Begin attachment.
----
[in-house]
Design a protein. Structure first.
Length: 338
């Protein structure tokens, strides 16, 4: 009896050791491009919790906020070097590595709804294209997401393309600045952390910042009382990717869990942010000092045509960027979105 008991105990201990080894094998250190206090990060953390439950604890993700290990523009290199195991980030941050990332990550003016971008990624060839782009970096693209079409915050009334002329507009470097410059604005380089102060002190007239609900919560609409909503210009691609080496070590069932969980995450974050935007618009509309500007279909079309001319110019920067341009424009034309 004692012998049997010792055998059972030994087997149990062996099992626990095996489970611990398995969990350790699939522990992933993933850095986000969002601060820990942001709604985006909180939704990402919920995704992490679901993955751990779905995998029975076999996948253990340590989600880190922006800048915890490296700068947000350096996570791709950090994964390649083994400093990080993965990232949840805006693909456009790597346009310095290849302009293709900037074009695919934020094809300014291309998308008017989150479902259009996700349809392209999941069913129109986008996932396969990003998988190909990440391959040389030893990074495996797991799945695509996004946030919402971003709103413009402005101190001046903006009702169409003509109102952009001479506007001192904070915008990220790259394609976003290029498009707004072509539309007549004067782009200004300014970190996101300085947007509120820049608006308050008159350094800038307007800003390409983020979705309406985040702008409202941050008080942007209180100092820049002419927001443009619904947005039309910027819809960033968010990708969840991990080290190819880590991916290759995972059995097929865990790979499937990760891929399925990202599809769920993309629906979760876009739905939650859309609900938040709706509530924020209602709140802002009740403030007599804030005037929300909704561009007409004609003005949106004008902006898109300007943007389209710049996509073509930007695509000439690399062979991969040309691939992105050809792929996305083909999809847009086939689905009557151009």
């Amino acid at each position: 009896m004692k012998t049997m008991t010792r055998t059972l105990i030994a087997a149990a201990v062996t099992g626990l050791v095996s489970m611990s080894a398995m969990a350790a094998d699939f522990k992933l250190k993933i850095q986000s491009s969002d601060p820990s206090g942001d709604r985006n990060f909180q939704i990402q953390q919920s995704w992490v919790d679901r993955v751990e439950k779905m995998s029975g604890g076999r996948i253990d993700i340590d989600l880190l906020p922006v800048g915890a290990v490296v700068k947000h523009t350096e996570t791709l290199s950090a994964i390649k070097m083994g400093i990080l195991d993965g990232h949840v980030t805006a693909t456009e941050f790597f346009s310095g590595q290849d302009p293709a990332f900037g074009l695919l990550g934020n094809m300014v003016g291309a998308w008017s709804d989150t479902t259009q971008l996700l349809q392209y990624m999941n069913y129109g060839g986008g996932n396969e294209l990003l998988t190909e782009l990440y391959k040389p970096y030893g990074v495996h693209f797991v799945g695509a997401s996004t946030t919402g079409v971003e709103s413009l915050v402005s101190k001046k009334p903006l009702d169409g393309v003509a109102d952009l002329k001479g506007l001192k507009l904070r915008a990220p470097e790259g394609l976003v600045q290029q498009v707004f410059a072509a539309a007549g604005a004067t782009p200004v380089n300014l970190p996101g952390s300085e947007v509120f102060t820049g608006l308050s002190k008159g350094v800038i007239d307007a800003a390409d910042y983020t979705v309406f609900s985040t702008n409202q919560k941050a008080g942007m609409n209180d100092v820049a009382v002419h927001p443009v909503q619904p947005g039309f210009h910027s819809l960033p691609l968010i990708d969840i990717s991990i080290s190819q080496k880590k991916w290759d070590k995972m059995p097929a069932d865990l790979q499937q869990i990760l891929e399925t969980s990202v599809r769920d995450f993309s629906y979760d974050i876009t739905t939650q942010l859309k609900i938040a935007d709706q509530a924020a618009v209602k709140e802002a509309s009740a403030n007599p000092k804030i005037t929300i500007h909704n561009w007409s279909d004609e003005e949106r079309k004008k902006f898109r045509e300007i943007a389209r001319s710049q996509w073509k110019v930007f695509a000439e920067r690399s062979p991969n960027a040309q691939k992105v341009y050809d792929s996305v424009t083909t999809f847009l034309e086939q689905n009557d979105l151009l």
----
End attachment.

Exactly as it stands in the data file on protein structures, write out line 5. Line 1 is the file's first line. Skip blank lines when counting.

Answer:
């Amino acid at each position: 009896m004692k012998t049997m008991t010792r055998t059972l105990i030994a087997a149990a201990v062996t099992g626990l050791v095996s489970m611990s080894a398995m969990a350790a094998d699939f522990k992933l250190k993933i850095q986000s491009s969002d601060p820990s206090g942001d709604r985006n990060f909180q939704i990402q953390q919920s995704w992490v919790d679901r993955v751990e439950k779905m995998s029975g604890g076999r996948i253990d993700i340590d989600l880190l906020p922006v800048g915890a290990v490296v700068k947000h523009t350096e996570t791709l290199s950090a994964i390649k070097m083994g400093i990080l195991d993965g990232h949840v980030t805006a693909t456009e941050f790597f346009s310095g590595q290849d302009p293709a990332f900037g074009l695919l990550g934020n094809m300014v003016g291309a998308w008017s709804d989150t479902t259009q971008l996700l349809q392209y990624m999941n069913y129109g060839g986008g996932n396969e294209l990003l998988t190909e782009l990440y391959k040389p970096y030893g990074v495996h693209f797991v799945g695509a997401s996004t946030t919402g079409v971003e709103s413009l915050v402005s101190k001046k009334p903006l009702d169409g393309v003509a109102d952009l002329k001479g506007l001192k507009l904070r915008a990220p470097e790259g394609l976003v600045q290029q498009v707004f410059a072509a539309a007549g604005a004067t782009p200004v380089n300014l970190p996101g952390s300085e947007v509120f102060t820049g608006l308050s002190k008159g350094v800038i007239d307007a800003a390409d910042y983020t979705v309406f609900s985040t702008n409202q919560k941050a008080g942007m609409n209180d100092v820049a009382v002419h927001p443009v909503q619904p947005g039309f210009h910027s819809l960033p691609l968010i990708d969840i990717s991990i080290s190819q080496k880590k991916w290759d070590k995972m059995p097929a069932d865990l790979q499937q869990i990760l891929e399925t969980s990202v599809r769920d995450f993309s629906y979760d974050i876009t739905t939650q942010l859309k609900i938040a935007d709706q509530a924020a618009v209602k709140e802002a509309s009740a403030n007599p000092k804030i005037t929300i500007h909704n561009w007409s279909d004609e003005e949106r079309k004008k902006f898109r045509e300007i943007a389209r001319s710049q996509w073509k110019v930007f695509a000439e920067r690399s062979p991969n960027a040309q691939k992105v341009y050809d792929s996305v424009t083909t999809f847009l034309e086939q689905n009557d979105l151009l």